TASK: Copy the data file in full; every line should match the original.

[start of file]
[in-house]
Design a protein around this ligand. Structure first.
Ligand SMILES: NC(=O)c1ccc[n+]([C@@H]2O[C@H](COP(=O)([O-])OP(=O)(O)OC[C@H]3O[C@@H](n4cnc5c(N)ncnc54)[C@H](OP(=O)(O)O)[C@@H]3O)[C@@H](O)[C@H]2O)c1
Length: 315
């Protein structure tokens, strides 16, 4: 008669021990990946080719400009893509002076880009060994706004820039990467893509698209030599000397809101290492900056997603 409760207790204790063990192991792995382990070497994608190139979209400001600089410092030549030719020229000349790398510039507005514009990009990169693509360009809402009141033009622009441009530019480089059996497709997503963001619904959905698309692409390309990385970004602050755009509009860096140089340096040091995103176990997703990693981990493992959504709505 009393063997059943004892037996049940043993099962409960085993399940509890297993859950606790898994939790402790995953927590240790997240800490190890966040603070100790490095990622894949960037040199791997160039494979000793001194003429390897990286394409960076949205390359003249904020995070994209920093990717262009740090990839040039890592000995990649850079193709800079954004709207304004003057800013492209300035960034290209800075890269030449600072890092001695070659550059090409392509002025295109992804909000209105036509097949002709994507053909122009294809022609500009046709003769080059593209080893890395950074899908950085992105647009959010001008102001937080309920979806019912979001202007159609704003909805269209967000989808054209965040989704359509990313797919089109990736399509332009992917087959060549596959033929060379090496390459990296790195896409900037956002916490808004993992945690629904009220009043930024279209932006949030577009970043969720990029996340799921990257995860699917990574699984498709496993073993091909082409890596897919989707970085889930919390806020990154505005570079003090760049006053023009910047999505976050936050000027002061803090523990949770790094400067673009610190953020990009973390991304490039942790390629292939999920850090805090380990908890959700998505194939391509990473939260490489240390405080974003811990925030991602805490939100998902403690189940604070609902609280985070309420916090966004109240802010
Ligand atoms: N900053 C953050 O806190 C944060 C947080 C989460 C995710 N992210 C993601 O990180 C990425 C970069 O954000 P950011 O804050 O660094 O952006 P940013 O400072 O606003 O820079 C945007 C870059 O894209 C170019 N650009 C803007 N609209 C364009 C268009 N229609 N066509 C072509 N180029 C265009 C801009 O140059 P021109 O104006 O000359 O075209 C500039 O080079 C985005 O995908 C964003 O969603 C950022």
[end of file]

[in-house]
Design a protein around this ligand. Structure first.
Ligand SMILES: NC(=O)c1ccc[n+]([C@@H]2O[C@H](COP(=O)([O-])OP(=O)(O)OC[C@H]3O[C@@H](n4cnc5c(N)ncnc54)[C@H](OP(=O)(O)O)[C@@H]3O)[C@@H](O)[C@H]2O)c1
Length: 315
């Protein structure tokens, strides 16, 4: 008669021990990946080719400009893509002076880009060994706004820039990467893509698209030599000397809101290492900056997603 409760207790204790063990192991792995382990070497994608190139979209400001600089410092030549030719020229000349790398510039507005514009990009990169693509360009809402009141033009622009441009530019480089059996497709997503963001619904959905698309692409390309990385970004602050755009509009860096140089340096040091995103176990997703990693981990493992959504709505 009393063997059943004892037996049940043993099962409960085993399940509890297993859950606790898994939790402790995953927590240790997240800490190890966040603070100790490095990622894949960037040199791997160039494979000793001194003429390897990286394409960076949205390359003249904020995070994209920093990717262009740090990839040039890592000995990649850079193709800079954004709207304004003057800013492209300035960034290209800075890269030449600072890092001695070659550059090409392509002025295109992804909000209105036509097949002709994507053909122009294809022609500009046709003769080059593209080893890395950074899908950085992105647009959010001008102001937080309920979806019912979001202007159609704003909805269209967000989808054209965040989704359509990313797919089109990736399509332009992917087959060549596959033929060379090496390459990296790195896409900037956002916490808004993992945690629904009220009043930024279209932006949030577009970043969720990029996340799921990257995860699917990574699984498709496993073993091909082409890596897919989707970085889930919390806020990154505005570079003090760049006053023009910047999505976050936050000027002061803090523990949770790094400067673009610190953020990009973390991304490039942790390629292939999920850090805090380990908890959700998505194939391509990473939260490489240390405080974003811990925030991602805490939100998902403690189940604070609902609280985070309420916090966004109240802010
Ligand atoms: N900053 C953050 O806190 C944060 C947080 C989460 C995710 N992210 C993601 O990180 C990425 C970069 O954000 P950011 O804050 O660094 O952006 P940013 O400072 O606003 O820079 C945007 C870059 O894209 C170019 N650009 C803007 N609209 C364009 C268009 N229609 N066509 C072509 N180029 C265009 C801009 O140059 P021109 O104006 O000359 O075209 C500039 O080079 C985005 O995908 C964003 O969603 C950022």